“Rich, I said I’d write about us going sailing. What happened when we went sailing?”
“We went sailing and it was nice and Trish was pleasantly surprised because it wasn’t stressful which made it even more nice and then we went home. The end.”
I’ve been sailing before, just not for a while. For a mercifully short time as a preteen I would spend a day a week freezing my imaginary tits off in a sodding Optimist off the sodding Barbican, coming last in all the races and occasionally falling in. My younger sister would not come last and seemed to enjoy the experience. Fortunately she soon got in to horses, I soon got in to snogging and writing shit poetry and we were spared that torture forever more.
Later the opportunity arose for me to join a school trip to sail to Jersey and back in some sort of yacht. Whilst all very team-buildy-outdoorsy-healthy in theory, the teachers involved must have been nuts. A large group of pubescent girls stuck together in a small space with no escape is my idea of hell. This is mostly because of how much time I spent with the creatures back in those days. Two of us got severely dehydrated (to this day dehydration turns me into a lunatic), some girl called Natasha got amusingly shaped sunburn, there was a mate who we all sort of flirted with who had written a song about a dead skunk in the middle of the road, but I don’t remember much else. This is probably a kindness that my memory has afforded me to avoid trauma flashbacks, but I just don’t know.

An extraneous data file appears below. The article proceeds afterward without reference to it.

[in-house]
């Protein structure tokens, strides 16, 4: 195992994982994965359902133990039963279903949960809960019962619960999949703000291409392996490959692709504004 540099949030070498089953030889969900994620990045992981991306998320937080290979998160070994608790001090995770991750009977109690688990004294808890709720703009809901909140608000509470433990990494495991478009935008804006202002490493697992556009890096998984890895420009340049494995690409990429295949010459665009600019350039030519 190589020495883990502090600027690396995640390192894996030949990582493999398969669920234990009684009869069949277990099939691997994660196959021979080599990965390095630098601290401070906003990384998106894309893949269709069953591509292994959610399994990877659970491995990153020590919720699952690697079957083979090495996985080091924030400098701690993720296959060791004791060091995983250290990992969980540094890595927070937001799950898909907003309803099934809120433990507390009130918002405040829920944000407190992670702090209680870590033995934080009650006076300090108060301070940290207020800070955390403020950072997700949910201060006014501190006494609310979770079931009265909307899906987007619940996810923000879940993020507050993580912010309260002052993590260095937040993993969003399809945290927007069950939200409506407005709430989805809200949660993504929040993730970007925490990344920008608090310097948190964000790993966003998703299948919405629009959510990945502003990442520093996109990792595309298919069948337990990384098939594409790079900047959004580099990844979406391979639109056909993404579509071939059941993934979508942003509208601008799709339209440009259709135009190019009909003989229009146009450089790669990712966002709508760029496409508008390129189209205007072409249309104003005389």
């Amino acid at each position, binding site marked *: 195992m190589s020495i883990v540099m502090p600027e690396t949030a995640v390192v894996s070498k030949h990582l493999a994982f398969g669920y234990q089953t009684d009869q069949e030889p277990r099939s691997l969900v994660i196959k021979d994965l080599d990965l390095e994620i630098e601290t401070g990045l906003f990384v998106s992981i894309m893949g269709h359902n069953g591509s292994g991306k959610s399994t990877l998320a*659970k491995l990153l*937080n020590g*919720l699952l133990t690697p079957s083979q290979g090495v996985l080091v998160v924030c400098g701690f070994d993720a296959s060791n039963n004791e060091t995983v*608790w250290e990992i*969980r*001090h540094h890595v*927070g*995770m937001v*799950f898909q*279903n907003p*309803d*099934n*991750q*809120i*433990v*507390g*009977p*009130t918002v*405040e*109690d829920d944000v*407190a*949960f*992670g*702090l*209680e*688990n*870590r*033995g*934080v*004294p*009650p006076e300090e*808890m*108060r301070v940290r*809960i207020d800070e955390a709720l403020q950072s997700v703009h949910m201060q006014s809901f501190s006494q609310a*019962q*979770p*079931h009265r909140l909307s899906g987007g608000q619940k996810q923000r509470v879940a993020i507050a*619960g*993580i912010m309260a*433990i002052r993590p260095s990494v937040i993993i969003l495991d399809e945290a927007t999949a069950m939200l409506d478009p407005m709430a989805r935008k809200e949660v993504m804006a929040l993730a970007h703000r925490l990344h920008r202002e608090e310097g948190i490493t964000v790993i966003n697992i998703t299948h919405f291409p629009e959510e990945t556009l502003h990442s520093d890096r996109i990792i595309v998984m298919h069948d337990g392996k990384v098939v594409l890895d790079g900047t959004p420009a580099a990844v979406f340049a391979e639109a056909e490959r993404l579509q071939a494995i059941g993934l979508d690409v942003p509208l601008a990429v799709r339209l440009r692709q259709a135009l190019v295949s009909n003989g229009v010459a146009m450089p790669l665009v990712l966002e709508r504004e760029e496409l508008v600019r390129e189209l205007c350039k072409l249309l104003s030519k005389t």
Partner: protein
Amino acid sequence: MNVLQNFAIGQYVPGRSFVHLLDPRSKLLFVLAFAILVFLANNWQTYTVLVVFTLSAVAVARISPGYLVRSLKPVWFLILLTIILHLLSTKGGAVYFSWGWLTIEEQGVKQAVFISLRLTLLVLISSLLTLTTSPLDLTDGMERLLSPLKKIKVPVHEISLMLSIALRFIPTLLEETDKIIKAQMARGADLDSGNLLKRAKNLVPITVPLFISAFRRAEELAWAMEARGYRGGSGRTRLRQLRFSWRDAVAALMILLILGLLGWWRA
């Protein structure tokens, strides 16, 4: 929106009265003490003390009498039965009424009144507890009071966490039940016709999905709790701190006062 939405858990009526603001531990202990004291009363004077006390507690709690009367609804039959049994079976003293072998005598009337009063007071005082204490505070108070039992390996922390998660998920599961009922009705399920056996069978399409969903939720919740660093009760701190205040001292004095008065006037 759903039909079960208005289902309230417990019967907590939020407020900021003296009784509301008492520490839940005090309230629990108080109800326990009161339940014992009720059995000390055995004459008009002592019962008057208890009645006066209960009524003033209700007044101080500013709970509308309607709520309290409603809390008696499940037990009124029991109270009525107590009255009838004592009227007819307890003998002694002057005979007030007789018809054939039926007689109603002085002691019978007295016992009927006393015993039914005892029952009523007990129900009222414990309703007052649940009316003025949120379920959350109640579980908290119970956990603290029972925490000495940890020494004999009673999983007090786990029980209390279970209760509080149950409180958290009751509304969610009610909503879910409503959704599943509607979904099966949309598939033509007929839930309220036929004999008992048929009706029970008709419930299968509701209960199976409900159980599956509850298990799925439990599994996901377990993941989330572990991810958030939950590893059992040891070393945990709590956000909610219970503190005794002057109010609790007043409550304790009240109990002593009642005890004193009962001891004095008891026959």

In adulthood all sailboat experiences have involved someone else doing the hard work, usually while I drink a cocktail or sunbathe. Other boats take me to work, to France, on daytrips, between tropical islands, snorkelling and out to see dolphins or phosphorescence or just pissing about on the blue. They’re everywhere and familiar and pretty. Boats are good. Sailing… hmm. Sailing I remember as a thing for which you have to know a whole load about knots and wind and directions, in which you do a bunch of things at once and then get smacked in the head by a big bit of wood called a boom.
So here I am, 33 and thinking about sailing away into the sunset with my boyfriend, and at some point I’m going to have to go sailing, but we haven’t managed that yet, and I don’t mind (see above). And Rich says “The tide’s right at last and Andy says we can borrow Shamrock for a little sail after work” and surprisingly I’m genuinely excited about the prospect. “After work” arrives and we go get the boat and we take her out for a wee sail, mostly with me on the tiller (Rich was most impressed that I knew which way to steer it – apparently some people get this wrong) and him doing the ropes. Rich told me where to aim her, I aimed her, the boat went slowly in that direction. It was bloody lovely. We went out and saw the gorgeous Grayhound lugger that Rich helped build last year, and took a peek at another boat he likes and talked about what colour we’ll paint Gwen and all sorts of other guff. I had a go on the ropes and tried to grasp the concepts of tack and gybe, downwind and upwind. It was all very easy and relaxed and fresh and light and joyous. And then we went home. The end.